A British phone repair company is setting up tiny shops in London’s iconic red telephone booths. This could encourage people to try to fix their smartphones before buying new ones.
Red telephone booths are probably one of Britain’s most well-known landmarks, along with Big Ben and Tower Bridge. But their charm and popularity with tourists does not save them from what awaits most telephone booths nowadays: obsolescence.
A lot of people cannot remember the last time they used a phone booth. In Berlin, Germany, many of them now serve as wifi hotspots.
Lovefone, a phone repair company, decided to give London’s telephone boxes a second chance at relevance by converting them into tiny repair shops for mobile phones.
Customers can get their iPhones or Google Nexus phones fixed in less than half an hour. In addition to having access to repair services, clients can charge their smartphones for free.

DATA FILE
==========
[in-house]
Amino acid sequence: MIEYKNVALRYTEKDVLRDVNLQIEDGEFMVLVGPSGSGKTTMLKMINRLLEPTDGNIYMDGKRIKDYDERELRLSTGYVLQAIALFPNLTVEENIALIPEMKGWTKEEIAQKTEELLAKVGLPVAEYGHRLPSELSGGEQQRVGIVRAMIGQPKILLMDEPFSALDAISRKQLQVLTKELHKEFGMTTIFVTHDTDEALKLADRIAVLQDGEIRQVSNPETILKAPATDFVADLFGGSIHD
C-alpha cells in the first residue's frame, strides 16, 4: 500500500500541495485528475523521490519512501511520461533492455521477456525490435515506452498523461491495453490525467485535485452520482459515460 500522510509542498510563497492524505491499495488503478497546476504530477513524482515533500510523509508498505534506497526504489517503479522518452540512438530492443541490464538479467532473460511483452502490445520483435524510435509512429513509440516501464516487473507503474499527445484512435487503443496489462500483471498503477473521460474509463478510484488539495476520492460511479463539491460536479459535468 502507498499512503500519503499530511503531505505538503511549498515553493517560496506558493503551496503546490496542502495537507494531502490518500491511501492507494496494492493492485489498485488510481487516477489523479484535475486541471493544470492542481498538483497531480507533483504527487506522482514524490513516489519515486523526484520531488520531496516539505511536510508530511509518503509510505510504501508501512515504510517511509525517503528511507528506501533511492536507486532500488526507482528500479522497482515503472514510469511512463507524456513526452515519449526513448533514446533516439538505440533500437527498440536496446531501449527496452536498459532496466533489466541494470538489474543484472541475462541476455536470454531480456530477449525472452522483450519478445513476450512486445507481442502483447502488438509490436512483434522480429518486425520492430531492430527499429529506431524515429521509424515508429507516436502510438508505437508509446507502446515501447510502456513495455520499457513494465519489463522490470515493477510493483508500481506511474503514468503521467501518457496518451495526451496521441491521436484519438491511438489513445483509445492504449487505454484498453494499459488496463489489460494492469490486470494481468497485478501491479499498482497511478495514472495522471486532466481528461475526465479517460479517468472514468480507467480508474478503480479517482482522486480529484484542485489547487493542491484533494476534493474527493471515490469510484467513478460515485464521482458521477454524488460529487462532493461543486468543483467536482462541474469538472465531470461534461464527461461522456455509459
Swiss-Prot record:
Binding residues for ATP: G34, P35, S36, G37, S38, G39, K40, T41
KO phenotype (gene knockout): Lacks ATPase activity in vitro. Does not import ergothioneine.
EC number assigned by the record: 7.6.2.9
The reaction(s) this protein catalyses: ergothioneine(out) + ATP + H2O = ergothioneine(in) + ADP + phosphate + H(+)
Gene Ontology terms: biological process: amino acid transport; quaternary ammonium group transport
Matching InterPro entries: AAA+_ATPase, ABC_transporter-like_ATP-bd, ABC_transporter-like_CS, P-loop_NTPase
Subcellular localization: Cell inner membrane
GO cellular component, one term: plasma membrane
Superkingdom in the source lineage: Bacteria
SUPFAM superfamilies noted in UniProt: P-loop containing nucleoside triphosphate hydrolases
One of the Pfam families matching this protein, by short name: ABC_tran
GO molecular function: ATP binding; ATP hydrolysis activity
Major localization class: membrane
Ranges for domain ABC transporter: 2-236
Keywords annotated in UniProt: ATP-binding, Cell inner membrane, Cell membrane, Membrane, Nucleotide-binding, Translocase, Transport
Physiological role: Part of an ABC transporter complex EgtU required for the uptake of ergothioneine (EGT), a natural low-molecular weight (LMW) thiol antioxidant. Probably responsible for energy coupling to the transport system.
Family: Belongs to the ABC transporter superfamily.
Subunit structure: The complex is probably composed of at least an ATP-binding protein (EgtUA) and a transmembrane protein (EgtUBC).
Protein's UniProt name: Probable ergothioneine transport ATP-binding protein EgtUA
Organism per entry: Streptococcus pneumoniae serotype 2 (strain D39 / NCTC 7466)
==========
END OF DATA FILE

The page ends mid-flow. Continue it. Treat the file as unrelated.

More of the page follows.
By making phone repair accessible and appealing, Lovefone is doing more than just giving red telephone booths a new life. Mobile phones are complex technical objects which contain valuable metals, but they are much too often treated like disposable gadgets. On average, Americans change their phone every 18.2 months, and that use period is consistently decreasing.
Discarded mobile phones should be handled with care as they contain toxic substances such as mercury, cadmium, and arsenic. Nonetheless, they often end up in landfills, where they represent a toxic hazard and can pollute groundwater. In many cases, this e-waste (electronic waste) is dumped in developing countries, letting already vulnerable people deal with the environmental consequences of our consumer culture.
Illegal e-waste dumping is a major and complex issue which will probably take years to solve and require the cooperation of the international community. In the meantime, consumers can still help by taking care of the electronics in their possession. Instead of reaching for the newest, shiniest smartphone at the first problem with your current smartphone, why not take it to a repair shop? You will save money and delay the disposal of your phone. And when your phone does reach the end of its life, make sure to dispose of it properly.
The first Lovefonebox opened on Greenwich High Street on 16 August 2016. Lovefone is planning to open a total of 35 boxes in London by the end of 2017.